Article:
3) Stop the conflicting economic messages.  If he wants to re-sell the usefulness of his first stimulus package should the economy improve, he needs to get the advisors to have one unitary message.  You can't have Roemer and Jarrett out there saying the stimulus has already had its effect and the other saying that it hasn't taken effect yet.
4) Imaging - he needs to stop looking arrogant and out of touch with the middle.  No more arugula, no more secretly flipping off oponents when he's angry, no more secret messages to his campaign donors like the bitter comment that always get out into the media.  He needs to stop saying that he can do things because he's the president - its a touch Nixonian, people notice it and don't like it.
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Mr.Phips
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« Reply #11 on: February 27, 2010, 03:41:56 am »
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Well, it depends.  If Obama pulls a Clinton and moves to the center, then he'll probably win re-election.  I just don't see that - not with his inner circle of Valerie Jarrett and the Chicago cabal.  There are only two people who can move him to the center.  One is Rahm Emmanuel and other dems are wanting his head right now.  The other is Robert Gates, and I imagine if you see any big move, it will be with him on national security.  I don't think that the GOP will take the senate, which helps the GOP more because he can't really argue that the GOP is in control.  The public knows that the senate is the more powerful body.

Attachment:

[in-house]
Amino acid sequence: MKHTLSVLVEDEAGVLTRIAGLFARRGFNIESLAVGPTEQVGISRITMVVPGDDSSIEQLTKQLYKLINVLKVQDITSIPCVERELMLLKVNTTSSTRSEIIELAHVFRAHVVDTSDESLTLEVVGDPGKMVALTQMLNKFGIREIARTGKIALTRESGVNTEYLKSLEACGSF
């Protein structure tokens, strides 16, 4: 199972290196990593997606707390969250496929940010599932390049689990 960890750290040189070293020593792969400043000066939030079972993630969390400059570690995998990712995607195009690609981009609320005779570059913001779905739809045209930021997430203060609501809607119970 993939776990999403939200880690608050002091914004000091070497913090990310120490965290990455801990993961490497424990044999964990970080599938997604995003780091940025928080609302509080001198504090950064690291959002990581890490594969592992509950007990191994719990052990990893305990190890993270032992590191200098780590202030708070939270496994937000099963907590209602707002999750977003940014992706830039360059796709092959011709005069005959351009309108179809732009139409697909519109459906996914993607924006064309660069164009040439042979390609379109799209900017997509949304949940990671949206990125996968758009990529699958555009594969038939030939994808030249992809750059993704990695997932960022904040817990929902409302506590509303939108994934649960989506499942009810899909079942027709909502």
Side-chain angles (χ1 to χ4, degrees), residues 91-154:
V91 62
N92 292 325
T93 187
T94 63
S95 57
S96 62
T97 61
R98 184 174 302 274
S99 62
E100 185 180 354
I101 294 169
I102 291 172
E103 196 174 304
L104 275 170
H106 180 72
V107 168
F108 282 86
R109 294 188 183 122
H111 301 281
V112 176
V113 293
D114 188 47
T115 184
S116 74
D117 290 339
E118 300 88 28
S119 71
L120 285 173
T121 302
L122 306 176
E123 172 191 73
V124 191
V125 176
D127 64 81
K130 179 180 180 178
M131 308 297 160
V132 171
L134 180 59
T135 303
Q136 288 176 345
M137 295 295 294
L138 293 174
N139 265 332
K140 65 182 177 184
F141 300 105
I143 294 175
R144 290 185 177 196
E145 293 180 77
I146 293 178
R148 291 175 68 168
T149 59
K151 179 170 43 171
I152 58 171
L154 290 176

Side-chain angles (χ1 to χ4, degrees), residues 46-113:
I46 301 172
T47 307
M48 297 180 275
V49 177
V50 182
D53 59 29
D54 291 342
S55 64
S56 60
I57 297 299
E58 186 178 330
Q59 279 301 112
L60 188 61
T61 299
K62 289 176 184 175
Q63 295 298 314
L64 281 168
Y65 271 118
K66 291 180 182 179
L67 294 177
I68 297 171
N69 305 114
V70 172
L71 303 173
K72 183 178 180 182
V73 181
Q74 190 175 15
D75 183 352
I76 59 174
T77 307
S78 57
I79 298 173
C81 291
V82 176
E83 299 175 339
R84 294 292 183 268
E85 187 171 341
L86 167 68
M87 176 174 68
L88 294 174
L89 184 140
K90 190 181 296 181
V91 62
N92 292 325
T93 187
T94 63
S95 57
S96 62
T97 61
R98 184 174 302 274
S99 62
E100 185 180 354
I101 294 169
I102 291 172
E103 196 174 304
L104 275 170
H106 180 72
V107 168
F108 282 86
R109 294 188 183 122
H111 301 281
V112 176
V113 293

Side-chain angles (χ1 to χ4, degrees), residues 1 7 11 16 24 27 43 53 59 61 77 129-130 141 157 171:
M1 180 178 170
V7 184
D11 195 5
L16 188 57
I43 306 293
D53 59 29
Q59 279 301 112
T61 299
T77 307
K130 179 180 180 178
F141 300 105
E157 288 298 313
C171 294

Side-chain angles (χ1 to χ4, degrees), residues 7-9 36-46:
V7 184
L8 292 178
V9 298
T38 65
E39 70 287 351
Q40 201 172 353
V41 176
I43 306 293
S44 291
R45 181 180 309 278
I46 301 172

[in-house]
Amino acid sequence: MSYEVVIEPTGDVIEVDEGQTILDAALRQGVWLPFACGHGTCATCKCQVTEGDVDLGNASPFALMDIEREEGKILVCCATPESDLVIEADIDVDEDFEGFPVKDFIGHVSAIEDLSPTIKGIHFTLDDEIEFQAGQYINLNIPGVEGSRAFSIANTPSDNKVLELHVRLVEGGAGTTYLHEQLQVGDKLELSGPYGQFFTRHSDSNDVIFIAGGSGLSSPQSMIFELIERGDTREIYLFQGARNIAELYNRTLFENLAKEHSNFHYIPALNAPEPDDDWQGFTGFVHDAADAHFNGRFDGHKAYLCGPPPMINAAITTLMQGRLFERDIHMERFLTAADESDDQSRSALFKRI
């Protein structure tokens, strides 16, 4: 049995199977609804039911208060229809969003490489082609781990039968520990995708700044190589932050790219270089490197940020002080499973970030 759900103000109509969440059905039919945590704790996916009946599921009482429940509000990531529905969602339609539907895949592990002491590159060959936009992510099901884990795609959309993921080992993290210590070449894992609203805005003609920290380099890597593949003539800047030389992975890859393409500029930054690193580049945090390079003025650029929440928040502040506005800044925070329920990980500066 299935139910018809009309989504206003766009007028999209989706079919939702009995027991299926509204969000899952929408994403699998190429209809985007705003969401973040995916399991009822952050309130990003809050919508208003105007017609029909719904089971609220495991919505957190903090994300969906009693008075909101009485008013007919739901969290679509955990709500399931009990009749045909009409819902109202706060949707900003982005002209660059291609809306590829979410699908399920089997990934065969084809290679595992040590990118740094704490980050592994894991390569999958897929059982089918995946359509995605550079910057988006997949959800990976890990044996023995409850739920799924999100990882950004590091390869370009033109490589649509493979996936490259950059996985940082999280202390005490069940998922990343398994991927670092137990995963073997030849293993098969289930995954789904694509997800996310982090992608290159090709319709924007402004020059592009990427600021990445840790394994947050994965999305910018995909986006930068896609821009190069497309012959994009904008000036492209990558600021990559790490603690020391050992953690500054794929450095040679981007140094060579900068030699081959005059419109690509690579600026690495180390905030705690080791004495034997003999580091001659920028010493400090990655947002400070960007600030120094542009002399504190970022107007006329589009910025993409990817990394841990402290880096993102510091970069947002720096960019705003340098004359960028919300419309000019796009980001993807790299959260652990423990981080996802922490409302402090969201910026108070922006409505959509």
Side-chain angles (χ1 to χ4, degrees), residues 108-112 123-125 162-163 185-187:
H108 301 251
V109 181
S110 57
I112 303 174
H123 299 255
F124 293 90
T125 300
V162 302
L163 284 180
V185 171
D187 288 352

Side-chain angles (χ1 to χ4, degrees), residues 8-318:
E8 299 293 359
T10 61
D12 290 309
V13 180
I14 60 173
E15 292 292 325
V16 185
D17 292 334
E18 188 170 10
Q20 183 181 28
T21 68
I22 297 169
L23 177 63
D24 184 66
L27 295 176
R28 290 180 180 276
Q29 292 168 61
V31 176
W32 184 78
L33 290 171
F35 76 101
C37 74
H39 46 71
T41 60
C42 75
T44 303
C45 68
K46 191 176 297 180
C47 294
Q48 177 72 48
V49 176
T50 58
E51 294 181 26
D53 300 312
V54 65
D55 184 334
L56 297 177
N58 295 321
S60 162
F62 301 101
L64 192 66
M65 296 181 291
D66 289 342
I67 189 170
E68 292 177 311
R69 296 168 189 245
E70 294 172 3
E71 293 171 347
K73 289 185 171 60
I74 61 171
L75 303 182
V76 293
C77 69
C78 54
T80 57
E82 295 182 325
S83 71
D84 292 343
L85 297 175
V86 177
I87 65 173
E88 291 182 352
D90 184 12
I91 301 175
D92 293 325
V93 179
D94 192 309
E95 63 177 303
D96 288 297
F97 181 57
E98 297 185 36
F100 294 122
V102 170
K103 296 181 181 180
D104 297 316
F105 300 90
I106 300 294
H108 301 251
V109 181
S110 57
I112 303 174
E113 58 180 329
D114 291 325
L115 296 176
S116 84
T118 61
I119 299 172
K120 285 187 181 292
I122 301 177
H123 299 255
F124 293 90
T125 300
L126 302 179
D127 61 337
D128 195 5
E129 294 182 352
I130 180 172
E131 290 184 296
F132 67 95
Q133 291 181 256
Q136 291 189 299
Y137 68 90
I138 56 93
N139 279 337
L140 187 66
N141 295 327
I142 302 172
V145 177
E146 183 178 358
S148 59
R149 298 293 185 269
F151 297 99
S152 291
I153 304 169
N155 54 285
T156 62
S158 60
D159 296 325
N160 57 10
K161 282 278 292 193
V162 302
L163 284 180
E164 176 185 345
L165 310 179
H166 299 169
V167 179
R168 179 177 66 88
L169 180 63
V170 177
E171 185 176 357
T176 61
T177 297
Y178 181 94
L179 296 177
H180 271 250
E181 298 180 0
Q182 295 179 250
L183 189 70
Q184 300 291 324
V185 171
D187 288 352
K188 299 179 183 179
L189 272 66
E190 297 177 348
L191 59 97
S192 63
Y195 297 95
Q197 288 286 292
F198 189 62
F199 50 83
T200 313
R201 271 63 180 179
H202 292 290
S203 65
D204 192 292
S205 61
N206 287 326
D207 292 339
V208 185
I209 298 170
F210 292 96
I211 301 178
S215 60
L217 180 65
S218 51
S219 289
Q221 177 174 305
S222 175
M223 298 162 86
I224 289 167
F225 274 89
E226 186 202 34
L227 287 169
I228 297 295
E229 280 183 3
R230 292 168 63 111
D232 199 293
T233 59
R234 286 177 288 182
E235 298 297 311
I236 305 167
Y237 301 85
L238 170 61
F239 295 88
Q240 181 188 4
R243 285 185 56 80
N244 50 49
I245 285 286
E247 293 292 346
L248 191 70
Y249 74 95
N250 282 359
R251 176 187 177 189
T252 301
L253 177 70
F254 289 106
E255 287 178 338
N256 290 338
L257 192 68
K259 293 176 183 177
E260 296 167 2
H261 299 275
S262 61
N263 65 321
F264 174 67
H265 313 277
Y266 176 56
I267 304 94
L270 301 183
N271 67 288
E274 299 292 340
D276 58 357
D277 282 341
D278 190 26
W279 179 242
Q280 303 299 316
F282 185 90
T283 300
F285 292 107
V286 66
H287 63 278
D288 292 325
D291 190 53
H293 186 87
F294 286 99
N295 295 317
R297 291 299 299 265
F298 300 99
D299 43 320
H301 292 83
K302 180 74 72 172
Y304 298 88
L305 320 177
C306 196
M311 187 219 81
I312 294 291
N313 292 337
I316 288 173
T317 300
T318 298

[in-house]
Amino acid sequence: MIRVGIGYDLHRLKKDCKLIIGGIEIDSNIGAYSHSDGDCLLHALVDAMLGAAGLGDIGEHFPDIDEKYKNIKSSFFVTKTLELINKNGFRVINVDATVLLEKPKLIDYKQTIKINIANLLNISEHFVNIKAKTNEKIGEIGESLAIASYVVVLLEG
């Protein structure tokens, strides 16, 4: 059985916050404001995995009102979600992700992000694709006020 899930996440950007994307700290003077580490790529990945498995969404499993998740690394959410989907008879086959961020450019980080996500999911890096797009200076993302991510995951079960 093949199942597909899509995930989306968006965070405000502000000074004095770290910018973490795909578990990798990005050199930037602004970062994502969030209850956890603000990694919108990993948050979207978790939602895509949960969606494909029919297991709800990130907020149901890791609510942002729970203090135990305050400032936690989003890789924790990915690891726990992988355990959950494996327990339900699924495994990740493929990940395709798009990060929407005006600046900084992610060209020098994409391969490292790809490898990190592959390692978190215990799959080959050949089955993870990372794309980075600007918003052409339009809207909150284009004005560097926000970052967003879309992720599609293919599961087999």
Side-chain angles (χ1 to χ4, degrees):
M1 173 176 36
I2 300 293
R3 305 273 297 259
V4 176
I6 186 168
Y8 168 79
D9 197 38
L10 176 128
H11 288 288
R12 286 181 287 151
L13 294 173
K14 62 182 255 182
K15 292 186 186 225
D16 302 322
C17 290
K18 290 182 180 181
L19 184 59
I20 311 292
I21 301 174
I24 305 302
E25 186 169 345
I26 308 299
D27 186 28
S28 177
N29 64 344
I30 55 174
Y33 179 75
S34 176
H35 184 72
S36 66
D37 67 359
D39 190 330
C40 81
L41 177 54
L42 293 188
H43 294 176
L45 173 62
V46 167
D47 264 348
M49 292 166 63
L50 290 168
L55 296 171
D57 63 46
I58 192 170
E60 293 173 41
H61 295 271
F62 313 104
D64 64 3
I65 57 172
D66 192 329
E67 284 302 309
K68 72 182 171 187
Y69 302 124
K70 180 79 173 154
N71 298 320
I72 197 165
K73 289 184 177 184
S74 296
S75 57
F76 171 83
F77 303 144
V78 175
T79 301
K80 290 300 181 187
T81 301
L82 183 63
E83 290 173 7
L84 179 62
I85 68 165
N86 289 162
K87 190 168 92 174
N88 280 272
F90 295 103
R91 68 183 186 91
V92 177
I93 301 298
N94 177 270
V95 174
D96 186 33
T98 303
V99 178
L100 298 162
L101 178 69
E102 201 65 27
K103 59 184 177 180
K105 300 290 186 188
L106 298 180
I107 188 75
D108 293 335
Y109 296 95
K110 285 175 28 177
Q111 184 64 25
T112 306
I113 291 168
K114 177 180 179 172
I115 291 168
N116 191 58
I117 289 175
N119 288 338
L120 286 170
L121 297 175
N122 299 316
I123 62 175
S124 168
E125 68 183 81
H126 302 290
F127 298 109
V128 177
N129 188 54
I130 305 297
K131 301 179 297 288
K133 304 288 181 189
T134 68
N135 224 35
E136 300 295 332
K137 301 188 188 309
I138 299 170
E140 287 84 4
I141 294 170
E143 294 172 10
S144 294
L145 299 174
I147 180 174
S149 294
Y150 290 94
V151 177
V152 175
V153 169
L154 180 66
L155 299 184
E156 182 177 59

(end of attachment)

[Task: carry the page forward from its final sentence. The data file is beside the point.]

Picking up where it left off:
He can make some big steps to help him:
1) Fire Eric Holder and replace him with an attorney general more in line with the opinion of the public.  This is a must.
2) Send Biden on some assignment where he has little impact and is globetrotting or replace him with Clinton.
3) Stop the conflicting economic messages.  If he wants to re-sell the usefulness of his first stimulus package should the economy improve, he needs to get the advisors to have one unitary message.  You can't have Roemer and Jarrett out there saying the stimulus has already had its effect and the other saying that it hasn't taken effect yet.
4) Imaging - he needs to stop looking arrogant and out of touch with the middle.  No more arugula, no more secretly flipping off oponents when he's angry, no more secret messages to his campaign donors like the bitter comment that always get out into the media.  He needs to stop saying that he can do things because he's the president - its a touch Nixonian, people notice it and don't like it.

Rahm Emanuel will be dumped if the midterm elections go very poorly.  He is part of the reason why Obama is in this bind.  If Obama filips off the left anymore, he will draw a primary challenge so fast his head will spin.  His only hope would be to pull a Harry Truman and use the kind of in your face confrentational style with Republicans that would likely re-energized the core Democratic base.  If Obama cooperates with Republicans, the liberal base will almost certainly either primary him or support a third party candidate in the general election.  They saw what happened with Bill Clinton in the 1990's and dont want to fall into that trap again.